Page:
10 Things To Do Right Now To Reduce Anxiety

I am going to preface this by saying I am not a mental health counselor or psychological professional, just a person who has dealt with crippling anxiety her entire life and has only recently dealt with it. While these things are helpful for me and have proved to be amazing coping mechanisms, always reach out to a mental health professional during real crises.

I have read a LOT of self-help books in search for answers. Some of them have been helpful, others not. Here is a list of the things I have learned from these books and things I have troubleshooted to fit my life. You may have to do the same, but I hope that these are a good start.

Remember that all things must pass.

Anxiety has this way of making a small moment, or a day, seem like eternity. In our mind, our senses zoom in and it feels like we won’t ever recover. That’s anxiety’s way of gaining control, it grips us and we focus on the event so obsessively it truly does feel like it’s all there is. In these moments, I scoff at this notion because it seems meaningless in the moment, but then I force myself to recall a moment in time that I felt was the “worst thing” that ever happened to me. And sometimes those moments are big, and sometimes they’re small, but either way, I remember that I moved through those moments and each day became better than the next. Just like those moments, this moment too will be over. If there is an event coming up, I just remind myself that at this point tomorrow, or next week, this will be over. It helps my mind zoom out and gain some perspective.

Meditate. 

Okay, well any self-help book alludes to this concept. Quieting the mind and learning to gain more control of our thoughts is one of the best (free) tools we have to relieve anxiety. I will admit, starting out is tough, and the results aren’t always immediate. But, if you can stick it out for one week, and then two, the rewards will become evident. Start with five minutes a day, and build week by week. There are plenty of apps, my favorite of which is the Insight Timer which can be used to simply set a timer or use some of the guided meditations they have to get started and become acquainted with the practice of meditation.

Go outside. 

Maybe this is an obvious one too… But recently on an episode on Hidden Brain, a podcast on NPR, a researcher who studied the effects of green spaces on communities found that there were lower rates of gun violence and people we just generally, happier. They connected with those around them and felt an altogether deeper sense of community. For me, moving to somewhere with access to nature changed my life. This isn’t always an option and for city dwellers, there are still great options like parks to make use of. The researcher worked in the Boston area, and spoke of walking to her job with her eyes upward, looking at the trees and leaves and sky (obviously you should pay attention to where you’re walking) and trying to imagine herself “flying” through the sky. Stare at a leaf or a tree or a beautiful beam of sunlight and meditate on its beauty and the mastery of the Universe. After all, just like all animals, we thrive in a natural environment and being around nature- connecting with nature brings us back to our source.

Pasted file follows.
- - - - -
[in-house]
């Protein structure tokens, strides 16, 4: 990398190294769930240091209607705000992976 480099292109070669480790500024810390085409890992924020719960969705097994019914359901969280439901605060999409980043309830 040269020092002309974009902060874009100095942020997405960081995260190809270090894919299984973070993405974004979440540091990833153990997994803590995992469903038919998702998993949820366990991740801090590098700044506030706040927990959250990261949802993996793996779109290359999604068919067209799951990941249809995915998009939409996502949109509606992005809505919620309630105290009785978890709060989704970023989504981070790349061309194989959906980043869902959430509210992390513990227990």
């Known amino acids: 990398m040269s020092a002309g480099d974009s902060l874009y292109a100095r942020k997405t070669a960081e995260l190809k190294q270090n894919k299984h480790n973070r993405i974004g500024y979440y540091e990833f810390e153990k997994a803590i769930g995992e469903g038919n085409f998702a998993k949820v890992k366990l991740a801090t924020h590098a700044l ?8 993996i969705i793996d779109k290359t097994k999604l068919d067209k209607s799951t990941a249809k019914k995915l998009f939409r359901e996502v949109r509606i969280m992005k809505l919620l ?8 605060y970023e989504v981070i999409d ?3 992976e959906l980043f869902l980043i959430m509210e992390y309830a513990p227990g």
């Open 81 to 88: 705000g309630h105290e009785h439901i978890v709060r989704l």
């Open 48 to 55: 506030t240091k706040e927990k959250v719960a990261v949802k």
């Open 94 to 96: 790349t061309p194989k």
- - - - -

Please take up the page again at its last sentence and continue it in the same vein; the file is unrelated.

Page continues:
Write three journal pages. 

I do Morning Pages, an idea from The Artist’s Way by Julie Cameron. The concept is for creatives to get out their morning anxieties and is used as a warm-up for the rest of the day’s practices. This can be applied to anyone though. Sometimes the first things that we have in our minds are chaotic, stressful, and simply burdensome. I find starting my day of dispelling al of this onto the page in some ways, empties my brain of a lot of the silly anxieties. I have aired them, I gave them a place to be, and in many ways, I put them to rest. 

Yoga.